The Importance of Hard Drive Encryption

If you could help your organization prevent a data breach and not get posted on The Wall of Shame, why wouldn’t you do it? Approximately one half of all the breaches reported to Health and Human Services (HHS) on their “Wall of Shame” involve the theft of a mobile device. In addition, about 60 percent of all breaches could have been prevented by encryption.

The Health Information Technology for Economic and Clinical Health Act (HITECH Act) was enacted in 2009. While this act does not require encryption of Protected Health Information (PHI), it does explicitly exempt encrypted PHI. Lost or stolen devices that contain encrypted PHI are not breaches and do not have to be reported to HHS or to patients.

Many of the stolen devices are notebook computers, tablets and cell phones. While your organization may have strict policies about storing PHI on these devices, the fact of the matter is you can’t really prevent it. Therefore, you are at risk of a breach. You may have an electronic medical records system that is completely hosted in the cloud. Have you thought about what happens when your billing department runs a monthly accounts receivable report or a clinic staff member runs a report of all patients with diabetes? Where is that report saved? Think about what happens when your physician opens up a radiology report thru an internet browser. Internet browsers cache data to help make them faster. Where is that image or data cached?

If you are using notebook computers that are Windows 8 Professional or higher, guess what? You already have an encryption program installed! You just have to turn it on! In addition, many if not all tablets and cell phones can be encrypted with software already present on the devices.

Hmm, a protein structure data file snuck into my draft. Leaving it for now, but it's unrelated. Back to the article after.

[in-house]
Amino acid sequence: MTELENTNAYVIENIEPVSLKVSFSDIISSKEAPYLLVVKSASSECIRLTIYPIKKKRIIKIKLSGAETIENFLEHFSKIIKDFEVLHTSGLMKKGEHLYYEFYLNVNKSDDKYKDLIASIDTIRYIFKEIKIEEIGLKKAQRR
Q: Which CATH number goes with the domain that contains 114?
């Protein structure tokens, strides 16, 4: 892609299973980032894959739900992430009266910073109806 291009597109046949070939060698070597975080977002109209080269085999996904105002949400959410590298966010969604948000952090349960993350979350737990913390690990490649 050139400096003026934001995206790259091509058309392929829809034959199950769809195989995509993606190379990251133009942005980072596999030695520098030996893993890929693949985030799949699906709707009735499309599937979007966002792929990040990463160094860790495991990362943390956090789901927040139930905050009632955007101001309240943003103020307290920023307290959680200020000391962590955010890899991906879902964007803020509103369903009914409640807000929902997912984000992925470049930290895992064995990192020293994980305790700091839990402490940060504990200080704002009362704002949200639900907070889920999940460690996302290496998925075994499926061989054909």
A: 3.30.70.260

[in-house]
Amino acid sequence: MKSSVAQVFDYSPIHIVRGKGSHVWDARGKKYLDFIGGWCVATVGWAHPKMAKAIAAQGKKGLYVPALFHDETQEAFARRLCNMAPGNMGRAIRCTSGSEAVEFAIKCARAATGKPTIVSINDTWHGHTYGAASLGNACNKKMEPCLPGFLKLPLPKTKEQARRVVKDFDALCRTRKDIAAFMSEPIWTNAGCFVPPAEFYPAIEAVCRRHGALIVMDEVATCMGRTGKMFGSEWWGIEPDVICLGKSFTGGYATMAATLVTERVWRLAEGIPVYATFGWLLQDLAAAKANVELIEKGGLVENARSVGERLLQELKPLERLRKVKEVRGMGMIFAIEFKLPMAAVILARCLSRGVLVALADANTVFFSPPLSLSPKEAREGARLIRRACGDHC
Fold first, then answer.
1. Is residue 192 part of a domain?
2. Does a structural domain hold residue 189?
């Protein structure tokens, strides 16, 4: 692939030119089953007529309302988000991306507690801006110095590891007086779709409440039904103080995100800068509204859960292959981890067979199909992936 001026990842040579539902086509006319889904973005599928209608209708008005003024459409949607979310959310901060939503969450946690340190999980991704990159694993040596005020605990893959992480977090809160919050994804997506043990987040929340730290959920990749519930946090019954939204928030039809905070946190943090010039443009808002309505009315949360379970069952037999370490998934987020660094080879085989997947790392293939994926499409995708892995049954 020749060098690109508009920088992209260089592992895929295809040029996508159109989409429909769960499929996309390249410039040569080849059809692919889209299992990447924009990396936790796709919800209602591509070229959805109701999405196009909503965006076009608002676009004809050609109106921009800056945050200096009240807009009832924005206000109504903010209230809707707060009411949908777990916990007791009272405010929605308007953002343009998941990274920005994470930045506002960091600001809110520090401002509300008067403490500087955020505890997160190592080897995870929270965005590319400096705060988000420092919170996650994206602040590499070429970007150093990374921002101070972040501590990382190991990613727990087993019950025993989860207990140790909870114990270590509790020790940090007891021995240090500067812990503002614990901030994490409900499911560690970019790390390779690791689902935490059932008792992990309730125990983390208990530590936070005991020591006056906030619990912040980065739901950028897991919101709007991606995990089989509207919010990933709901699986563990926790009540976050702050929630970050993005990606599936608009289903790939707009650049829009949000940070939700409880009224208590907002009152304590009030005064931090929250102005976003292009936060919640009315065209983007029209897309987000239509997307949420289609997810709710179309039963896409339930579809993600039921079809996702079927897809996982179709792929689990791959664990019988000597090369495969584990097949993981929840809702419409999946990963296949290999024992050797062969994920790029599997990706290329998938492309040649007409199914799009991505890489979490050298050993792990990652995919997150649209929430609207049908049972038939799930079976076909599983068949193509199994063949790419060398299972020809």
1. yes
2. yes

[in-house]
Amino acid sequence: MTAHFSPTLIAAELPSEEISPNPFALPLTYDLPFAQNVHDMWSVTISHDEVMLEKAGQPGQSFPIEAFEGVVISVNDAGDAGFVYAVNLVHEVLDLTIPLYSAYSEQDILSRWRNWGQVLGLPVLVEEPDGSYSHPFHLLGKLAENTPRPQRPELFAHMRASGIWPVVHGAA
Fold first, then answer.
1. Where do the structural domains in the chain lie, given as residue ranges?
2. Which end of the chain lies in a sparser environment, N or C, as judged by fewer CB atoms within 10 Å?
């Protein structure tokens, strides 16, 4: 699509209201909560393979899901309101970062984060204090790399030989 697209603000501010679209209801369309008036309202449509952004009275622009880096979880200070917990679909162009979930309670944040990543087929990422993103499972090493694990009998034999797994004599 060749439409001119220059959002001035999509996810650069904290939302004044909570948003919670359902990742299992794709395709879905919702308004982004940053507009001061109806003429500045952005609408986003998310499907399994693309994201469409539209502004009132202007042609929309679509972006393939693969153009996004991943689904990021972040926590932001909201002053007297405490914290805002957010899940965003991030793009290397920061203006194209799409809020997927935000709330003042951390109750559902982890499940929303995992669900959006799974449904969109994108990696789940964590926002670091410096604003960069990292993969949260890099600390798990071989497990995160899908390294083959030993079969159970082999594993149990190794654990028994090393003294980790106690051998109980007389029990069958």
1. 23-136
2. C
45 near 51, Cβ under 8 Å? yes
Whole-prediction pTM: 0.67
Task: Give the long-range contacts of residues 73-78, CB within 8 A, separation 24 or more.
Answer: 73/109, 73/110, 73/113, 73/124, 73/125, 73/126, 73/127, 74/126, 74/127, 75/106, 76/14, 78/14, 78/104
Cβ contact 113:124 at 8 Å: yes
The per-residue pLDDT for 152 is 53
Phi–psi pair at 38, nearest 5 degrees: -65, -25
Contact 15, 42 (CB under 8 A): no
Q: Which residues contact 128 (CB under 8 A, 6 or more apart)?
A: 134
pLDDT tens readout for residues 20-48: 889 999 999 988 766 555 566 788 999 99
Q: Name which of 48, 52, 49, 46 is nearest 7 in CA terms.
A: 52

It seems like a no-brainer. Encrypt all of your organizations hard drives on computers and mobile devices and reduce your security risk by as much as 60 percent!

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About the Author:

Holly Bellie
Holly Bellie is a Solutions Specialist at eMedApps with over 25 years in the IT field. She has a Bachelor’s of Science in Accounting from DePaul University and is a technology geek. She joined eMedApps in 2006 at their Schaumburg, IL office. Her primary focus is IT support for healthcare products and services. She has knowledge in implementing, maintaining and upgrading software and hardware infrastructures as they pertain to healthcare IT environments. Holly is an avid reader, loves to eat pizza, watch blockbuster movies and spend time with her family.